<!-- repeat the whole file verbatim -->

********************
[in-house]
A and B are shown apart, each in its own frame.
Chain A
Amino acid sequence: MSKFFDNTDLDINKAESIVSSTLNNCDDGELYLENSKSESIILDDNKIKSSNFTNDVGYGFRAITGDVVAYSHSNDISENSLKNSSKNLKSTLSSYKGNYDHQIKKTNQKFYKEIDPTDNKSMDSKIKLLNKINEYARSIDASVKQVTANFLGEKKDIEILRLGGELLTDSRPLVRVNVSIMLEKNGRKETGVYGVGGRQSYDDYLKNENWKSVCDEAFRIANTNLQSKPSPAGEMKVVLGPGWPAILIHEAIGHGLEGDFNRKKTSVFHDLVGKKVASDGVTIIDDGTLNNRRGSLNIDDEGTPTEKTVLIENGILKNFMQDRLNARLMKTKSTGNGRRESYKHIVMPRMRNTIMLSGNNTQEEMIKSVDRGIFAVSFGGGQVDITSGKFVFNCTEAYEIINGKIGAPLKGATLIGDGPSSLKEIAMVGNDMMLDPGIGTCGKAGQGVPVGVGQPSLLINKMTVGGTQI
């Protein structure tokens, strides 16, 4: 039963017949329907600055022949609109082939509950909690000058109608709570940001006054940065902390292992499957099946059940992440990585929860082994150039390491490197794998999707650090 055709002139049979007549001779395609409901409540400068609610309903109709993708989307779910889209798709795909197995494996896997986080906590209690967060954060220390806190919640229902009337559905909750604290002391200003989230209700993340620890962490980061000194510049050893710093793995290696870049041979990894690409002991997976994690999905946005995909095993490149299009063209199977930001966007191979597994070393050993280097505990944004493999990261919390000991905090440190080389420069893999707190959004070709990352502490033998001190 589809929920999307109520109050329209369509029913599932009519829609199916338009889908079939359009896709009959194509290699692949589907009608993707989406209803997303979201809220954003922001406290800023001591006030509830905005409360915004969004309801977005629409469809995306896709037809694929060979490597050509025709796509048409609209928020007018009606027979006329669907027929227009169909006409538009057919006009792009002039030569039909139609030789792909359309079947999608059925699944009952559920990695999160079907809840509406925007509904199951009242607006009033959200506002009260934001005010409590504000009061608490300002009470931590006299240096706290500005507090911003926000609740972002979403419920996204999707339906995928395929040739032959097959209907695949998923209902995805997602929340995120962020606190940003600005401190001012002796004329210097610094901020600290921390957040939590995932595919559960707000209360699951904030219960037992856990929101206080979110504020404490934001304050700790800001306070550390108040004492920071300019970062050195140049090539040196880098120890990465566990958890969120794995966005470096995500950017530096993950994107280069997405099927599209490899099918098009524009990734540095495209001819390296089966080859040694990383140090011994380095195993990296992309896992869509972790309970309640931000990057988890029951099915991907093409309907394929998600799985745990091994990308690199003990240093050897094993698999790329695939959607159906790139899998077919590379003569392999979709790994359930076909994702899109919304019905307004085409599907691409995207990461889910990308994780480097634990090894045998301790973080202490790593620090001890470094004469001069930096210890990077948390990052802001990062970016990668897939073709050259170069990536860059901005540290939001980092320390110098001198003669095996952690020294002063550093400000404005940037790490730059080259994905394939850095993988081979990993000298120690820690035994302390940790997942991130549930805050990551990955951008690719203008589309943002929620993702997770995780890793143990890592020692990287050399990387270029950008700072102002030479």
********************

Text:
[in-house]
A and B are shown apart, each in its own frame.
Chain A
Amino acid sequence: MSKFFDNTDLDINKAESIVSSTLNNCDDGELYLENSKSESIILDDNKIKSSNFTNDVGYGFRAITGDVVAYSHSNDISENSLKNSSKNLKSTLSSYKGNYDHQIKKTNQKFYKEIDPTDNKSMDSKIKLLNKINEYARSIDASVKQVTANFLGEKKDIEILRLGGELLTDSRPLVRVNVSIMLEKNGRKETGVYGVGGRQSYDDYLKNENWKSVCDEAFRIANTNLQSKPSPAGEMKVVLGPGWPAILIHEAIGHGLEGDFNRKKTSVFHDLVGKKVASDGVTIIDDGTLNNRRGSLNIDDEGTPTEKTVLIENGILKNFMQDRLNARLMKTKSTGNGRRESYKHIVMPRMRNTIMLSGNNTQEEMIKSVDRGIFAVSFGGGQVDITSGKFVFNCTEAYEIINGKIGAPLKGATLIGDGPSSLKEIAMVGNDMMLDPGIGTCGKAGQGVPVGVGQPSLLINKMTVGGTQI
């Protein structure tokens, strides 16, 4: 039963017949329907600055022949609109082939509950909690000058109608709570940001006054940065902390292992499957099946059940992440990585929860082994150039390491490197794998999707650090 055709002139049979007549001779395609409901409540400068609610309903109709993708989307779910889209798709795909197995494996896997986080906590209690967060954060220390806190919640229902009337559905909750604290002391200003989230209700993340620890962490980061000194510049050893710093793995290696870049041979990894690409002991997976994690999905946005995909095993490149299009063209199977930001966007191979597994070393050993280097505990944004493999990261919390000991905090440190080389420069893999707190959004070709990352502490033998001190 589809929920999307109520109050329209369509029913599932009519829609199916338009889908079939359009896709009959194509290699692949589907009608993707989406209803997303979201809220954003922001406290800023001591006030509830905005409360915004969004309801977005629409469809995306896709037809694929060979490597050509025709796509048409609209928020007018009606027979006329669907027929227009169909006409538009057919006009792009002039030569039909139609030789792909359309079947999608059925699944009952559920990695999160079907809840509406925007509904199951009242607006009033959200506002009260934001005010409590504000009061608490300002009470931590006299240096706290500005507090911003926000609740972002979403419920996204999707339906995928395929040739032959097959209907695949998923209902995805997602929340995120962020606190940003600005401190001012002796004329210097610094901020600290921390957040939590995932595919559960707000209360699951904030219960037992856990929101206080979110504020404490934001304050700790800001306070550390108040004492920071300019970062050195140049090539040196880098120890990465566990958890969120794995966005470096995500950017530096993950994107280069997405099927599209490899099918098009524009990734540095495209001819390296089966080859040694990383140090011994380095195993990296992309896992869509972790309970309640931000990057988890029951099915991907093409309907394929998600799985745990091994990308690199003990240093050897094993698999790329695939959607159906790139899998077919590379003569392999979709790994359930076909994702899109919304019905307004085409599907691409995207990461889910990308994780480097634990090894045998301790973080202490790593620090001890470094004469001069930096210890990077948390990052802001990062970016990668897939073709050259170069990536860059901005540290939001980092320390110098001198003669095996952690020294002063550093400000404005940037790490730059080259994905394939850095993988081979990993000298120690820690035994302390940790997942991130549930805050990551990955951008690719203008589309943002929620993702997770995780890793143990890592020692990287050399990387270029950008700072102002030479």